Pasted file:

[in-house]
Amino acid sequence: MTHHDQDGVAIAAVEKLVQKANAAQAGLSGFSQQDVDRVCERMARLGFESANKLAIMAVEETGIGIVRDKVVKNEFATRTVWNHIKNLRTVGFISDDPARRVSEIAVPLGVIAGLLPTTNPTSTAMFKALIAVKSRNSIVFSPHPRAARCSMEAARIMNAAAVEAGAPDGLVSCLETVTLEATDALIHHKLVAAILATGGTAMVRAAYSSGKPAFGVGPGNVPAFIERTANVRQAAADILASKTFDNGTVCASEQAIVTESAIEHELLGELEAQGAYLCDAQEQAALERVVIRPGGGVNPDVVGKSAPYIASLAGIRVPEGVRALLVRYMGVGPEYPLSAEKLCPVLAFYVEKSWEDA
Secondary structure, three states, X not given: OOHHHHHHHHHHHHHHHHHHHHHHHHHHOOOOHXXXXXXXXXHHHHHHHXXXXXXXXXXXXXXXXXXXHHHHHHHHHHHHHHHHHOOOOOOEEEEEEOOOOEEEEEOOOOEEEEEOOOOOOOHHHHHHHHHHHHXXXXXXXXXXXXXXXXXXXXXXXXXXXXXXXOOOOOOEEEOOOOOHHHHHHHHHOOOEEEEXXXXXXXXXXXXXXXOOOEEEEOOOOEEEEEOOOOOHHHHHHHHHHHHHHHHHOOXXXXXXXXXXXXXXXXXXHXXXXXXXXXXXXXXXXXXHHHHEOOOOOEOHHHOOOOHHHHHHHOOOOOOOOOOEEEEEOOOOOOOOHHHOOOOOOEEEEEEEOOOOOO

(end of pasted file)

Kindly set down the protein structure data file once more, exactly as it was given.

[in-house]
Amino acid sequence: MTHHDQDGVAIAAVEKLVQKANAAQAGLSGFSQQDVDRVCERMARLGFESANKLAIMAVEETGIGIVRDKVVKNEFATRTVWNHIKNLRTVGFISDDPARRVSEIAVPLGVIAGLLPTTNPTSTAMFKALIAVKSRNSIVFSPHPRAARCSMEAARIMNAAAVEAGAPDGLVSCLETVTLEATDALIHHKLVAAILATGGTAMVRAAYSSGKPAFGVGPGNVPAFIERTANVRQAAADILASKTFDNGTVCASEQAIVTESAIEHELLGELEAQGAYLCDAQEQAALERVVIRPGGGVNPDVVGKSAPYIASLAGIRVPEGVRALLVRYMGVGPEYPLSAEKLCPVLAFYVEKSWEDA
Secondary structure, three states, X not given: OOHHHHHHHHHHHHHHHHHHHHHHHHHHOOOOHXXXXXXXXXHHHHHHHXXXXXXXXXXXXXXXXXXXHHHHHHHHHHHHHHHHHOOOOOOEEEEEEOOOOEEEEEOOOOEEEEEOOOOOOOHHHHHHHHHHHHXXXXXXXXXXXXXXXXXXXXXXXXXXXXXXXOOOOOOEEEOOOOOHHHHHHHHHOOOEEEEXXXXXXXXXXXXXXXOOOEEEEOOOOEEEEEOOOOOHHHHHHHHHHHHHHHHHOOXXXXXXXXXXXXXXXXXXHXXXXXXXXXXXXXXXXXXHHHHEOOOOOEOHHHOOOOHHHHHHHOOOOOOOOOOEEEEEOOOOOOOOHHHOOOOOOEEEEEEEOOOOOO